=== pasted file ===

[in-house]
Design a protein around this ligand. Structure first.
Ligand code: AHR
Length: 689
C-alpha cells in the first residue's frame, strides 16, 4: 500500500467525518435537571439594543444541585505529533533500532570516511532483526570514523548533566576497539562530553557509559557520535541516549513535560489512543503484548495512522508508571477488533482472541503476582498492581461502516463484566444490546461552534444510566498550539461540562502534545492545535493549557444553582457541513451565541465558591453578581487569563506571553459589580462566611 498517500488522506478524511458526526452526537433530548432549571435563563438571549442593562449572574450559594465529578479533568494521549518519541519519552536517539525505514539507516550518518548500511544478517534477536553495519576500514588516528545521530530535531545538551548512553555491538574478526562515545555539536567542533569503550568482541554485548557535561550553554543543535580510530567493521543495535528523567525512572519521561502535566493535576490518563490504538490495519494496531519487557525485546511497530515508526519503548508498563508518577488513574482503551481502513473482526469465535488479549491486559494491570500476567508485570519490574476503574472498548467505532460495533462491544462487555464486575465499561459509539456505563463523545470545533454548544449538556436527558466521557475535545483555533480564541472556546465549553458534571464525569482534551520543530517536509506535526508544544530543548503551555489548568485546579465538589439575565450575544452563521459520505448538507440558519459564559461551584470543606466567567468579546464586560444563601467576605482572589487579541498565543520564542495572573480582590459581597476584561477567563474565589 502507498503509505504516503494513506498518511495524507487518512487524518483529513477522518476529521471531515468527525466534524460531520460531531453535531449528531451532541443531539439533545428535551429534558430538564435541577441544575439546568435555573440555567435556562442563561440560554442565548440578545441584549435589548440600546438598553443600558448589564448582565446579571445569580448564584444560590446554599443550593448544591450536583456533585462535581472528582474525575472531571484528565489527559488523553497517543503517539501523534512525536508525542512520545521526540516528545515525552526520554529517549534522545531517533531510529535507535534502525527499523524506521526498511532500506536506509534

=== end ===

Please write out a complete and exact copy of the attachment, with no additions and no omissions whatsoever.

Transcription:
[in-house]
Design a protein around this ligand. Structure first.
Ligand code: AHR
Length: 689
C-alpha cells in the first residue's frame, strides 16, 4: 500500500467525518435537571439594543444541585505529533533500532570516511532483526570514523548533566576497539562530553557509559557520535541516549513535560489512543503484548495512522508508571477488533482472541503476582498492581461502516463484566444490546461552534444510566498550539461540562502534545492545535493549557444553582457541513451565541465558591453578581487569563506571553459589580462566611 498517500488522506478524511458526526452526537433530548432549571435563563438571549442593562449572574450559594465529578479533568494521549518519541519519552536517539525505514539507516550518518548500511544478517534477536553495519576500514588516528545521530530535531545538551548512553555491538574478526562515545555539536567542533569503550568482541554485548557535561550553554543543535580510530567493521543495535528523567525512572519521561502535566493535576490518563490504538490495519494496531519487557525485546511497530515508526519503548508498563508518577488513574482503551481502513473482526469465535488479549491486559494491570500476567508485570519490574476503574472498548467505532460495533462491544462487555464486575465499561459509539456505563463523545470545533454548544449538556436527558466521557475535545483555533480564541472556546465549553458534571464525569482534551520543530517536509506535526508544544530543548503551555489548568485546579465538589439575565450575544452563521459520505448538507440558519459564559461551584470543606466567567468579546464586560444563601467576605482572589487579541498565543520564542495572573480582590459581597476584561477567563474565589 502507498503509505504516503494513506498518511495524507487518512487524518483529513477522518476529521471531515468527525466534524460531520460531531453535531449528531451532541443531539439533545428535551429534558430538564435541577441544575439546568435555573440555567435556562442563561440560554442565548440578545441584549435589548440600546438598553443600558448589564448582565446579571445569580448564584444560590446554599443550593448544591450536583456533585462535581472528582474525575472531571484528565489527559488523553497517543503517539501523534512525536508525542512520545521526540516528545515525552526520554529517549534522545531517533531510529535507535534502525527499523524506521526498511532500506536506509534